FIG. 2 shows a sectional representation (along a sectional plane designated II in FIG. 1) of the first supply channel 4, in which the active pressure sensor part 20A is arranged on the semiconductor chip 16. In addition to the pressure sensor part 20A, another external pressure sensor 26 is integrated on the semiconductor chip 16 for the measurement of external air pressure prevailing outside the measurement channel 8. Like the pressure sensor in the measurement channel 8, the external pressure sensor 26 has an active external pressure sensor part and an inactive external pressure sensor part for the compensation of disturbing influences. The external pressure sensor 26 can be separated from the surrounding environment by a membrane that is impermeable to moisture but transmits air pressure.

The blood pressure value of the patient is obtained in principle by first forming the pressure measurement values, made free of disturbing influences, from the active pressure sensor part 20A and of the external pressure sensor 26. The pressure measurement values free of disturbing influences result e.g. from a subtraction, whereby the value of the inactive pressure sensor part 20B is subtracted from the measurement value of the active pressure sensor part 20A. The blood pressure value itself is obtained by means of a further subtraction, by subtracting the external atmospheric pressure (made free of disturbing influences if necessary) from the blood pressure measurement value (made free of disturbing influences if necessary). At least one part of this signal processing is carried out by electronic signal processing circuits integrated on the semiconductor chip 16.

The sectional representation in FIG. 3 along the sectional plane III shows in particular the cross-section of the measurement duct 8, determined substantially by the distance of the semiconductor chip 16 from the support block 2 and the size of the additional sensors 22.

The three-way flow-through measurement cell shown in section in FIG. 4 uses the same semiconductor chip 16 as the two-way flow-through cell according to FIG. 1; only the liquid-conducting ducts have been changed. A flow-through channel 32 that runs in a straight line and has a large cross-section is worked into a support block 30, which opens into the opposed left and right sides 34 and 36. The opening in the left side 34 is formed for the connection of the arterial permanent catheter, while the opening in the right side 36 is provided for the connection of a supply container for an infusion solution with an associated conveyor apparatus.

A branch 38 leads from the flow-through channel 32 to the measurement channel 8. The cross-section of the flow-through channel 32 is at least as large as the cross-section of the branch 38, and the cross-section of the branch 38 is sufficiently large so that the arterial blood pressure to be measured can be conducted undamped up to the pressure sensor 20. The part of the flow-through channel 32 from the left side 34 up to the opening of the branch 38 and then up to the measurement channel 8 corresponds to the first supply channel 4 of the two-way flow-through measurement cell in FIG. 1. A connection channel 40 is guided to the other end of the measurement channel 8. The connection channel 40 likewise opens into the right side 36. The connection channel 40 is provided for the connection of a blood conveyor apparatus, with which blood samples can be removed and pumped to the sensors 20A and 22 in the measurement channel 8; it corresponds to the second supply channel 6 of the two-way flow-through measurement cell in FIG. 1.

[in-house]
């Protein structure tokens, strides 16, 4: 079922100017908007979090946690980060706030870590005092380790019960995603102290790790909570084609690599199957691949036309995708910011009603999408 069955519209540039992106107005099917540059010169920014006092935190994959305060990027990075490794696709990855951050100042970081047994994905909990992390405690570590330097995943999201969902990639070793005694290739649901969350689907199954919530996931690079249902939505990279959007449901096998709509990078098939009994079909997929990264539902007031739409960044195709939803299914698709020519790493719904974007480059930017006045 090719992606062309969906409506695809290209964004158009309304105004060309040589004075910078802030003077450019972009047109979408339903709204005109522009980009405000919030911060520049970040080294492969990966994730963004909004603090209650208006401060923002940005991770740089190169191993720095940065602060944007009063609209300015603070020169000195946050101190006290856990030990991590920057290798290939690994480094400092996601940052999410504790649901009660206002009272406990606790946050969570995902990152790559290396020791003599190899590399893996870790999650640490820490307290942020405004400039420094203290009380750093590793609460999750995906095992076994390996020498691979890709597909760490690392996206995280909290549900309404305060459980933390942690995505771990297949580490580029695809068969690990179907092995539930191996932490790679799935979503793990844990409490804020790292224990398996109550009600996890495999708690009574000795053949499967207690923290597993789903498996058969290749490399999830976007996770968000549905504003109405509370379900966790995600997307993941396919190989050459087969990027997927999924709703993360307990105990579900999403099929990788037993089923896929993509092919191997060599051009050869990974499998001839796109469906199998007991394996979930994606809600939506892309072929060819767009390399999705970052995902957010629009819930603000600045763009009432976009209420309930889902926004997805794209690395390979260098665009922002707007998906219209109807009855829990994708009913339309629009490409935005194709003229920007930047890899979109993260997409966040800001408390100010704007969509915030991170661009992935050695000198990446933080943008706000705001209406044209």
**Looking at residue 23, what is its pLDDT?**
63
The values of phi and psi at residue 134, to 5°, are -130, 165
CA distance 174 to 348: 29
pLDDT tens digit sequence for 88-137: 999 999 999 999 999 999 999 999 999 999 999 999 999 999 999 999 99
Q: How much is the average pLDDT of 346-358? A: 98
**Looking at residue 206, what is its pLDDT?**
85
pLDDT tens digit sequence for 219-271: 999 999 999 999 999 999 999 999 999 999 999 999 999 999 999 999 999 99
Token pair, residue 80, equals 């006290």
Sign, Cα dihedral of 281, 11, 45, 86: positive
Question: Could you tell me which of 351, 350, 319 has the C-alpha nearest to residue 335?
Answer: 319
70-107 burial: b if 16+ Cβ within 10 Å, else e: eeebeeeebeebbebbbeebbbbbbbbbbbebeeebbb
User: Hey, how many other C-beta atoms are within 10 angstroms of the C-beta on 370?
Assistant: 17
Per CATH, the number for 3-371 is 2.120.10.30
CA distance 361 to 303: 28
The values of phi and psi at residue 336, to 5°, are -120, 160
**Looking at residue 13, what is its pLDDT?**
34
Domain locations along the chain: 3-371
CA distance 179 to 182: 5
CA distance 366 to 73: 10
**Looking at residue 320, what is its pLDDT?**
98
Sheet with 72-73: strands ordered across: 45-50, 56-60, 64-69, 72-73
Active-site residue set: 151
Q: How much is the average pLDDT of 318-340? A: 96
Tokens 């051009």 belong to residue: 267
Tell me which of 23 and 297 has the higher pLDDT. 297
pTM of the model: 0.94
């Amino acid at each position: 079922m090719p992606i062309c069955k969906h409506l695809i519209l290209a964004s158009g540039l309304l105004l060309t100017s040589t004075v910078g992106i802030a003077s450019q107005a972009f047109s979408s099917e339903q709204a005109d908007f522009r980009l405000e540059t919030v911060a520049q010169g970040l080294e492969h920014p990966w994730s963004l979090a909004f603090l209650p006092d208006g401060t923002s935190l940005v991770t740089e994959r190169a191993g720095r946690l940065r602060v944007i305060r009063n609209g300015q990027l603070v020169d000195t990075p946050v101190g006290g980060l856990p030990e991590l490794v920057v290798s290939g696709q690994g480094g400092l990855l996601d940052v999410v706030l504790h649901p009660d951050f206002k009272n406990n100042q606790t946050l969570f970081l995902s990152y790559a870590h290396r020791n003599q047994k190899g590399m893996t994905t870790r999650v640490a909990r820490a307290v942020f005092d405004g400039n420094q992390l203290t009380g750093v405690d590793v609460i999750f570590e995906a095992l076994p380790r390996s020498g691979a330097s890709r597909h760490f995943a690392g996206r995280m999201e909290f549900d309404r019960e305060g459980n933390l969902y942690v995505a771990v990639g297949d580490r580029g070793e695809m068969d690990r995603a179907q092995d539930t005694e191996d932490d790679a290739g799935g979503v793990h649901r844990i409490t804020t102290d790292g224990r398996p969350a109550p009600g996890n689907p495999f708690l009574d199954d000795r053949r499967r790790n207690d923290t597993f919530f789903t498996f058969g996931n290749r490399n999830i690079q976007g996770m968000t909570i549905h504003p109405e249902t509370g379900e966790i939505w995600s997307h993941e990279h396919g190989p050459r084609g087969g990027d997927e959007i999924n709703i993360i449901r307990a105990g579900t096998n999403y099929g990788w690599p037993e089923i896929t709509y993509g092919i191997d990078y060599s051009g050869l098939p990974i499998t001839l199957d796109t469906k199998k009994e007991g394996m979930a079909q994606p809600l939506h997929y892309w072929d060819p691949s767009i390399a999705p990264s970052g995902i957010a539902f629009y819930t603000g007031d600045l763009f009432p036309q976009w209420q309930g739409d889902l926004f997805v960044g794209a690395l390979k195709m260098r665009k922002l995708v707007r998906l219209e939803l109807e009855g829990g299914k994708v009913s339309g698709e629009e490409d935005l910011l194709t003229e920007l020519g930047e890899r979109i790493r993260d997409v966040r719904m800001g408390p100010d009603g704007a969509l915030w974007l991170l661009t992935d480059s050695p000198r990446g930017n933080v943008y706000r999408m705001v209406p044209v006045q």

Although modifications and changes may be suggested by those skilled in the art, it is the intention of the inventors to embody within the patent warranted hereon all changes and modifications as reasonably and properly come within the scope of their contribution to the art.

Referenced by
Citing PatentFiling datePublication dateApplicantTitle
US7682313Sep 6, 2006Mar 23, 2010Vital Sensors Holding Company, Inc.Implantable pressure monitor
US7686768Jun 15, 2006Mar 30, 2010Vital Sensors Holding Company, Inc.Implantable pressure monitor
US7931597Mar 15, 2010Apr 26, 2011Vital Sensors Holding Company, Inc.Anchored implantable pressure monitor
US7931598Mar 23, 2010Apr 26, 2011Vital Sensors Holding Company, Inc.Implantable pressure monitor
US8376953Apr 25, 2011Feb 19, 2013Vital Sensors Holding Company, Inc.Implantable pressure monitor
US8382677Apr 25, 2011Feb 26, 2013Vital Sensors Holding Company, Inc.Anchored implantable pressure monitor
US20110275913 *Jan 12, 2010Nov 10, 2011Smart Medical Solutions GmbhDevice for measuring at least one parameter of an arterial blood sample
EP1573416A2 *Jul 3, 2001Sep 14, 2005Baxter International Inc.Medical system, method and apparatus employing mems
WO2007062298A2 *Nov 10, 2006May 31, 2007Vital Sensors IncImplantable device for telemetric measurement of blood pressure/temperature within the heart
Classifications
U.S. Classification204/400, 204/409, 600/488
International ClassificationA61M1/36, A61B5/0215, A61B5/145, G01L19/00
Cooperative ClassificationG01L19/0092, A61M1/3639, G01L19/0023
European ClassificationG01L19/00S, G01L19/00B4, A61M1/36C5
Legal Events
DateCodeEventDescription
Jul 14, 2010FPAYFee payment
Year of fee payment: 12
Jul 21, 2006FPAYFee payment
Year of fee payment: 8
Mar 8, 2004ASAssignment
Owner name: SPHERE MEDICAL LIMITED, GREAT BRITAIN
Free format text: ASSIGNMENT OF ASSIGNORS INTEREST;ASSIGNOR:SIEMENS AKTIENGESELLSCHAFT;REEL/FRAME:015035/0721
Effective date: 20040113
Owner name: SPHERE MEDICAL LIMITED HARSTON MILL, ROYSTON ROAD,
Free format text: ASSIGNMENT OF ASSIGNORS INTEREST;ASSIGNOR:SIEMENS AKTIENGESELLSCHAFT /AR;REEL/FRAME:015035/0721
Jul 18, 2002FPAYFee payment
Year of fee payment: 4
Nov 6, 2001CCCertificate of correction
Nov 17, 1997ASAssignment
Owner name: SIEMENS AKTIENGESELLSCHAFT, GERMANY
Free format text: ASSIGNMENT OF ASSIGNORS INTEREST;ASSIGNORS:ABRAHAM-FUCHS, KLAUS;GUMBRECHT, WALTER;HIEROLD, CHRISTOFER;REEL/FRAME:008798/0576;SIGNING DATES FROM 19971031 TO 19971104